No, 1 cup is not always the same as 8 oz. However, for some ingredients like water and other liquids, 1 cup is very close to 8 oz in volume. For dry ingredients like flour, sugar, etc. there can be a bigger difference between 1 cup and 8 oz depending on factors like how finely it is ground, how settled it is in the cup, and environmental humidity. Generally, 1 cup of a dry ingredient weighs between 4-8 oz.
Measuring Cup Sizes
When following recipes, it’s important to pay attention to whether quantities are specified by volume (cups, teaspoons, etc.) or by weight (oz, grams, etc.). Using the right measuring tools and technique for the ingredient will give you the most accurate results.
Here are the approximate volumes for common measuring cups in the U.S. customary system:
|1 teaspoon (tsp)||= 1/3 tablespoon (tbsp)||= 1/48 cup||= ~5 mL|
|1 tablespoon (tbsp)||= 3 teaspoons||= 1/16 cup||= 15 mL|
|1 fluid ounce (fl oz)||= 2 tablespoons||= 1/8 cup||= 30 mL|
|1/4 cup||= 4 tablespoons||= 12 teaspoons||= ~60 mL|
|1/3 cup||= 5 tablespoons + 1 teaspoon||= 16 teaspoons||= ~80 mL|
|1/2 cup||= 8 tablespoons||= 24 teaspoons||= ~120 mL|
|2/3 cup||= 10 tablespoons + 2 teaspoons||= 32 teaspoons||= ~160 mL|
|3/4 cup||= 12 tablespoons||= 36 teaspoons||= ~180 mL|
|1 cup||= 16 tablespoons||= 48 teaspoons||= ~240 mL|
Standard measuring cups in the U.S. are designed to hold the above volumes. However, there can still be some variance between different cup sets based on factors like manufacturing tolerances and wear over time with use.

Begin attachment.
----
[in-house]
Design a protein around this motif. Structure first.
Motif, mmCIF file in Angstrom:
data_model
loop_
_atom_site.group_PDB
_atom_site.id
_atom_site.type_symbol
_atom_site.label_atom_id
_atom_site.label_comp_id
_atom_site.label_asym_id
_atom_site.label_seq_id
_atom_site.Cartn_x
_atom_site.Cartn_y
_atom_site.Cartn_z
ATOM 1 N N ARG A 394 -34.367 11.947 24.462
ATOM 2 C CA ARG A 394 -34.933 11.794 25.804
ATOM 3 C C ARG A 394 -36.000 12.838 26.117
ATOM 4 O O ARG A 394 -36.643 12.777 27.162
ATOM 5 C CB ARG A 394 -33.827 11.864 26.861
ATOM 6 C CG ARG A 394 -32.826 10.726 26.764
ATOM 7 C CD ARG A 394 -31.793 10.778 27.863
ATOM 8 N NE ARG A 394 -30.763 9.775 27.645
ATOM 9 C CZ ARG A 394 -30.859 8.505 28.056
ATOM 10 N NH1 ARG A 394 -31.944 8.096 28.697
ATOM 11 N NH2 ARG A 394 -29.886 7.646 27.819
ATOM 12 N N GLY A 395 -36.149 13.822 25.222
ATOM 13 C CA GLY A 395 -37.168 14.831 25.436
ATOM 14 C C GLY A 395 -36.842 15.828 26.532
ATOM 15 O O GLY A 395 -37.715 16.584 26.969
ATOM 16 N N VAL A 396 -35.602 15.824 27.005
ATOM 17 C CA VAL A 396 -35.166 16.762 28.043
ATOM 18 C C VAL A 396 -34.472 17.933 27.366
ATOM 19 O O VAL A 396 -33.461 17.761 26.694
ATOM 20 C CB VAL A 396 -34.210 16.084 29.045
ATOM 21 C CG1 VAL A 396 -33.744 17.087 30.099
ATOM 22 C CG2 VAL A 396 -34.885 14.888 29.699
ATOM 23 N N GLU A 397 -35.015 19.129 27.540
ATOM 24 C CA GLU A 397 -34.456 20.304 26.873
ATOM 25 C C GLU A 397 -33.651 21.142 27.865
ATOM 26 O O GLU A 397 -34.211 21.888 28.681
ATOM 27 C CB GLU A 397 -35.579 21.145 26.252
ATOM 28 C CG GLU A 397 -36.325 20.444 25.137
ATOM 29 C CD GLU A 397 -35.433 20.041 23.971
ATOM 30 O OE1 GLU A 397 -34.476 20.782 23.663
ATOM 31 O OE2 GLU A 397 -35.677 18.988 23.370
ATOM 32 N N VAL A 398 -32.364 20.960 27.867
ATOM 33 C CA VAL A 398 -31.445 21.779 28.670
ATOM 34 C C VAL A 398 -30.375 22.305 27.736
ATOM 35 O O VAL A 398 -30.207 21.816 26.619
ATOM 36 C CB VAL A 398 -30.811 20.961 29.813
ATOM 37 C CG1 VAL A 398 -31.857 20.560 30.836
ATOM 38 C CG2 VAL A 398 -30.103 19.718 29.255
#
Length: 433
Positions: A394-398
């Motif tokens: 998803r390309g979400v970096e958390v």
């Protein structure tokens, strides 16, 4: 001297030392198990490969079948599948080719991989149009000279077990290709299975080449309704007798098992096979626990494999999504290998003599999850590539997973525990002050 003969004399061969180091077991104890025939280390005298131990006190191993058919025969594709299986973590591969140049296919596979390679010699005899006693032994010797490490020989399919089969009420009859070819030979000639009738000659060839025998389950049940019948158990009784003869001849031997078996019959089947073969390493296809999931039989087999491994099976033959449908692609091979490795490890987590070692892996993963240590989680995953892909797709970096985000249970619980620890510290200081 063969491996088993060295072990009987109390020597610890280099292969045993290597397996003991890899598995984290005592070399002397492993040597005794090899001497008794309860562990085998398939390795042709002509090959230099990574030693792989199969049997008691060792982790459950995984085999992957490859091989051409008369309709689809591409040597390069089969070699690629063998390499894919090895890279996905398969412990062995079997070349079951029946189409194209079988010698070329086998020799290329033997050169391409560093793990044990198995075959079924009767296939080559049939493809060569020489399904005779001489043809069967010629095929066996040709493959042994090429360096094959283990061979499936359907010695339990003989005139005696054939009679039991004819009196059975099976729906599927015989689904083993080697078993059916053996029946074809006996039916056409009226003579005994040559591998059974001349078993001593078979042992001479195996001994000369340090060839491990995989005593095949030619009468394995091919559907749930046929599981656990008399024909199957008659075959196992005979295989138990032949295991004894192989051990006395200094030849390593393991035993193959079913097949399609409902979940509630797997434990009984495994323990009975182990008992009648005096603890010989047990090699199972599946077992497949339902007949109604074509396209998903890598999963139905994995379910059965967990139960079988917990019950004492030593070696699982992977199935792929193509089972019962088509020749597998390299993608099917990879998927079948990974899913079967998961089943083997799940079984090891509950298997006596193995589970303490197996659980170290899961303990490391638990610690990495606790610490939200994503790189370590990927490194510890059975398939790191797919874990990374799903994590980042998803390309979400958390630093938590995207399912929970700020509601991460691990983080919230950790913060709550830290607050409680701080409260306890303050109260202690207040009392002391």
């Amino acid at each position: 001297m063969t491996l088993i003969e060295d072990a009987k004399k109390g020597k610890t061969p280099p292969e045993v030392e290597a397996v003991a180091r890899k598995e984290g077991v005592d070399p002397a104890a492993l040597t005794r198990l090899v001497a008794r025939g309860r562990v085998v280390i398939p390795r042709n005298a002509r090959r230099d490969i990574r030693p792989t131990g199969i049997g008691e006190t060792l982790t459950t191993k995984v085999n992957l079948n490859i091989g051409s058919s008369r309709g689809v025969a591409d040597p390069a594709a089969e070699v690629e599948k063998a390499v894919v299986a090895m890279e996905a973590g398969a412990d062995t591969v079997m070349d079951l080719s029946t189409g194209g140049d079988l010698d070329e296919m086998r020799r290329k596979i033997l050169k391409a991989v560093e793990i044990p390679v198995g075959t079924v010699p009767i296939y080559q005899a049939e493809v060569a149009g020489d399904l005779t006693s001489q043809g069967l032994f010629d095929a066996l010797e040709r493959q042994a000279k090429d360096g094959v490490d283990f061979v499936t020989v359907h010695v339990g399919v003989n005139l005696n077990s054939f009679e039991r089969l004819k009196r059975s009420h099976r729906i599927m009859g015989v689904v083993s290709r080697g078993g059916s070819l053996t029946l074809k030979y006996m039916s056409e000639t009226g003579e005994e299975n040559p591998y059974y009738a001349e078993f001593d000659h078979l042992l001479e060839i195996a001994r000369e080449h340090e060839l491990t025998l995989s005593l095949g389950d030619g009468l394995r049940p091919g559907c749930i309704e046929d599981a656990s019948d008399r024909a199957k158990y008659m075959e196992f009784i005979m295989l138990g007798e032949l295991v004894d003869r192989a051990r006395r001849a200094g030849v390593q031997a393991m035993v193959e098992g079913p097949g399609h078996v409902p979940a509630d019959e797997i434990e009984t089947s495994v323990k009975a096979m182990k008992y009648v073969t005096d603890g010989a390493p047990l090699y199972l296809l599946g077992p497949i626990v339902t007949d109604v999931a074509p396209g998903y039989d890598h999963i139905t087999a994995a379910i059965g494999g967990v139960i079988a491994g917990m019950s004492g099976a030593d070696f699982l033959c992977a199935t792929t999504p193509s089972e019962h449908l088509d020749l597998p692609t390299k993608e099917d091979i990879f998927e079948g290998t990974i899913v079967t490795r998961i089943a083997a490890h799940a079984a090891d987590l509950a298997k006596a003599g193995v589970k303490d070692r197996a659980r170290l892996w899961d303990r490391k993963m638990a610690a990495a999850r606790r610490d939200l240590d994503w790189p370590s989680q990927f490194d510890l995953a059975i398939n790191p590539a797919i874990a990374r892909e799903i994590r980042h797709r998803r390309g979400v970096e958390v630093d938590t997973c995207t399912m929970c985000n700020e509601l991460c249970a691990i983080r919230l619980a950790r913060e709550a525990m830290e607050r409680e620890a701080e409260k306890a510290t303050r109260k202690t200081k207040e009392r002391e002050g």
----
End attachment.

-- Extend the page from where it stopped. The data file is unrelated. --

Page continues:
When measuring liquids like water, milk, oil, etc. the volume conversions are quite accurate. 1 cup of water weighs about 8 oz.
For dry ingredients, weights can vary more for an equivalent cup measure based on several factors:
Smaller particles like flour fit more densely into a measuring cup than larger particles like chopped nuts. So 1 cup of chopped nuts will weigh less than 1 cup of flour, even though they take up the same volume.
Some ingredients like sugar and flour settle and compact over time in their packaging or after sifting. 1 cup of freshly fluffed flour will weigh less than 1 cup of flour that has been shaken and settled.
Dry ingredients absorb moisture from the environment. So 1 cup of flour on a humid day will weigh more than 1 cup of flour on an arid day.
Typical Weights for 1 Cup of Common Dry Ingredients
Here are approximate weights for 1 cup measurements of some common dry ingredients:
|All-purpose flour||= ~120 g / 4 oz|
|Granulated sugar||= ~200 g / 7 oz|
|Brown sugar||= ~220 g / 8 oz|
|Confectioners’ sugar||= ~120 g / 4 oz|
|Cocoa powder||= ~100 g / 3.5 oz|
|Cornmeal||= ~150 g / 5 oz|
|Rolled oats||= ~80 g / 3 oz|
|Wheat berries||= ~200 g / 7 oz|
|Rice||= ~185 g / 6.5 oz|
|Coconut flour||= ~80 g / 3 oz|
|Almond flour||= ~95 g / 3.5 oz|
|Chopped nuts||= ~100 g / 3.5 oz|
|Dried fruit||= ~145 g / 5 oz|
|Sliced cheese||= ~110 g / 4 oz|
As you can see, dry ingredient weights range quite a bit for a 1 cup measure depending on the density and other properties of the material.
When Volume vs. Weight Matters
For casual cooking, measuring dry ingredients like flour, sugar, spices, etc. by volume (cups) is usually fine for recipes, since the small variances won’t make a big difference.